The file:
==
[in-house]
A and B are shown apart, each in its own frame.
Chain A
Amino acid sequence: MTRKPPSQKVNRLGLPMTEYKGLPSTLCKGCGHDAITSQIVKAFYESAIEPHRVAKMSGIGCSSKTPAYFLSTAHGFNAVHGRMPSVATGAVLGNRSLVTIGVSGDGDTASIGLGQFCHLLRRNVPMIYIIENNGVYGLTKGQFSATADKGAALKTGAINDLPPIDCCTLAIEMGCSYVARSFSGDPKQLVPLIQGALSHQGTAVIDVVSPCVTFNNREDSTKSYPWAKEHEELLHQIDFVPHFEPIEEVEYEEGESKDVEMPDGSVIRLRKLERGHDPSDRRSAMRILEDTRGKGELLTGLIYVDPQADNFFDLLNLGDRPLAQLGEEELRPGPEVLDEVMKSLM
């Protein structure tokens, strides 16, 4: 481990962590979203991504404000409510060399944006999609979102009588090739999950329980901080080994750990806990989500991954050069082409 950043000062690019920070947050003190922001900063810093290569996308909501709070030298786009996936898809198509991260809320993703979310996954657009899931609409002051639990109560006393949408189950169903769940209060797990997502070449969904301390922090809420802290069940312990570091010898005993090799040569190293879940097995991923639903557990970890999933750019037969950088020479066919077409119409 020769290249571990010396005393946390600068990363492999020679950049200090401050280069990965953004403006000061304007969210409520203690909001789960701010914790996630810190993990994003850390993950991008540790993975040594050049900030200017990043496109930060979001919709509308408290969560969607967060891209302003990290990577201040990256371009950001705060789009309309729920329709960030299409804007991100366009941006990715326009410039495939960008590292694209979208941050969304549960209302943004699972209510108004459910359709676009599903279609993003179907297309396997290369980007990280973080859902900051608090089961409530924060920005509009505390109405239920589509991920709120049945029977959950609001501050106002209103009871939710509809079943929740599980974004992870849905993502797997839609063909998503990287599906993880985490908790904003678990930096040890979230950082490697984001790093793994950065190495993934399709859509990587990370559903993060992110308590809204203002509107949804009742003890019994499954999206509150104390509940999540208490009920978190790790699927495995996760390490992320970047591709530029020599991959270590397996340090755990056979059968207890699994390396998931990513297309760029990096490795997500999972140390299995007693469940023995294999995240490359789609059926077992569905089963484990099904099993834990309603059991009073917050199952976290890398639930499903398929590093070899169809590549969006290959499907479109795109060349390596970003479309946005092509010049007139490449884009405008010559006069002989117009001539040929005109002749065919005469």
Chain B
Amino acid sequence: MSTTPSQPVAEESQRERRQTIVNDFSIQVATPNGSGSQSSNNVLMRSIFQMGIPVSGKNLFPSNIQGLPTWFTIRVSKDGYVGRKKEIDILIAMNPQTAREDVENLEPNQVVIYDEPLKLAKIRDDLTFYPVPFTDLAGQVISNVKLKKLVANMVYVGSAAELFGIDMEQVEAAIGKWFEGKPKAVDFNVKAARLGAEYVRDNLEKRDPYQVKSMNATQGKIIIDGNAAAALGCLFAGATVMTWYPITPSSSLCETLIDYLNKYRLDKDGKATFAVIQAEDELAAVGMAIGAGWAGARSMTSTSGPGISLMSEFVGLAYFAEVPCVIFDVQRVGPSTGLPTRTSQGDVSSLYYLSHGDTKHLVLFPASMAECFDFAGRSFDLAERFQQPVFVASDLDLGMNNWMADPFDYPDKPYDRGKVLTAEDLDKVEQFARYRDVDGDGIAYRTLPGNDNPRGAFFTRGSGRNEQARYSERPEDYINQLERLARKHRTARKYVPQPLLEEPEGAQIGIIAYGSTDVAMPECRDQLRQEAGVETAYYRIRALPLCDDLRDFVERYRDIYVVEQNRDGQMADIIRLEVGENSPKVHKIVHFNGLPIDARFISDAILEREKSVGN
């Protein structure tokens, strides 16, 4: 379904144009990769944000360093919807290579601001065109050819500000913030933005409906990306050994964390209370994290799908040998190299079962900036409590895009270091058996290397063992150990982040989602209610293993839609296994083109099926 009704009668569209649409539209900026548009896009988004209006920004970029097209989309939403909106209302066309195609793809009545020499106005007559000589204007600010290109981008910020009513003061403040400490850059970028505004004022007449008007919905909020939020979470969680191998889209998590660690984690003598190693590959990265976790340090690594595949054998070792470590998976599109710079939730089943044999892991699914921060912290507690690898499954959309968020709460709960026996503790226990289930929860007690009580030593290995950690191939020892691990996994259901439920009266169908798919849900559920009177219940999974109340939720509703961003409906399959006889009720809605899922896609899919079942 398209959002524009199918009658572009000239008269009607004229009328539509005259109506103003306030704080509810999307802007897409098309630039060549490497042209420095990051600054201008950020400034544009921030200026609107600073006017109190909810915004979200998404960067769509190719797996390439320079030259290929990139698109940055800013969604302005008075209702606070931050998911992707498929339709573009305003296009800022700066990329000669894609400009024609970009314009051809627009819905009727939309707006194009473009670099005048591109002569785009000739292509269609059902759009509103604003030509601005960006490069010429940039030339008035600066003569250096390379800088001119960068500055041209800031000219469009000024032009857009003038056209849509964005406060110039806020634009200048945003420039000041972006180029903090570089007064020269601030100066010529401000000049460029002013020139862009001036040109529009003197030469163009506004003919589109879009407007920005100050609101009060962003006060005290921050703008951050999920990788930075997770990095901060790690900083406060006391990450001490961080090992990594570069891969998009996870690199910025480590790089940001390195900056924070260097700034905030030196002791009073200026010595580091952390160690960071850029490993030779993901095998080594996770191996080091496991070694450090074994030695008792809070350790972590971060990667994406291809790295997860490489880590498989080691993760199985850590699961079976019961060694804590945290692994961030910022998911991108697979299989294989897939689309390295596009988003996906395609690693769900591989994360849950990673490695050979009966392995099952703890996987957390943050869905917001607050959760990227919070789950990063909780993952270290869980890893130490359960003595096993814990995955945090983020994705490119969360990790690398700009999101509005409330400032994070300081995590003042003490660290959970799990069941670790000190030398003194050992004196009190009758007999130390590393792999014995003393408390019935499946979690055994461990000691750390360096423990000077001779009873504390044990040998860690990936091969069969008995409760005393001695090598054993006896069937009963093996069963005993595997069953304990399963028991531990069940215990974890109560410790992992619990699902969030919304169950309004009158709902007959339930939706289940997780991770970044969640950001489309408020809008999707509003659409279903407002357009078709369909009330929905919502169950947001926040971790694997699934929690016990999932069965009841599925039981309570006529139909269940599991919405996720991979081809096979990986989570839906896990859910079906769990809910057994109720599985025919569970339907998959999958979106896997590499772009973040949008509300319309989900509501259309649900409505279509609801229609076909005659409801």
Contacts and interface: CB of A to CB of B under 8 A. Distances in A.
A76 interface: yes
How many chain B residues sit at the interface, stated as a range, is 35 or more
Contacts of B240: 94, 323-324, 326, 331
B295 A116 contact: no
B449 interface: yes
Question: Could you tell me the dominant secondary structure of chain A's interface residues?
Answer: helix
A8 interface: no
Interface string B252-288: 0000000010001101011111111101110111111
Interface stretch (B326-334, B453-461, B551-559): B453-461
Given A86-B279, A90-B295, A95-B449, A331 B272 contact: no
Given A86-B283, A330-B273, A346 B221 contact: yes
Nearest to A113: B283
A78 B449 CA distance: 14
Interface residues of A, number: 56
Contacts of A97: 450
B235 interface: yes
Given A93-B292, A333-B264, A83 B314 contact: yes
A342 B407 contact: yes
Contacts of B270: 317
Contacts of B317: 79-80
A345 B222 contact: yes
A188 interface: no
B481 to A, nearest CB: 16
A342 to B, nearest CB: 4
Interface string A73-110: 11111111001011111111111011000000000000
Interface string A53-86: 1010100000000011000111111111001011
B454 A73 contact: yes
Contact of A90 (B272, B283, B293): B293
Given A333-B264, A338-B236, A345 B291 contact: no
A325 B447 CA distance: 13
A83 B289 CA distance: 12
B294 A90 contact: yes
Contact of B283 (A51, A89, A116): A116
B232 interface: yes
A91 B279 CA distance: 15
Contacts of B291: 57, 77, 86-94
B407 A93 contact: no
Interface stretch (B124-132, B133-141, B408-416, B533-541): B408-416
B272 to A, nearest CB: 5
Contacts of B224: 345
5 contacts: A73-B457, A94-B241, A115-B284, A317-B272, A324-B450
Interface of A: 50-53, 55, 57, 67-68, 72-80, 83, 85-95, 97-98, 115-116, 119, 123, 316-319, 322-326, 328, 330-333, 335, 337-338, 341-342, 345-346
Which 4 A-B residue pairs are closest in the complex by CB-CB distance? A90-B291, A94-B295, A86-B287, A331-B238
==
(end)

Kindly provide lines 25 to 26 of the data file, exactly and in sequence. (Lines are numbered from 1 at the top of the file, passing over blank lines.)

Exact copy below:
Contacts of A97: 450
B235 interface: yes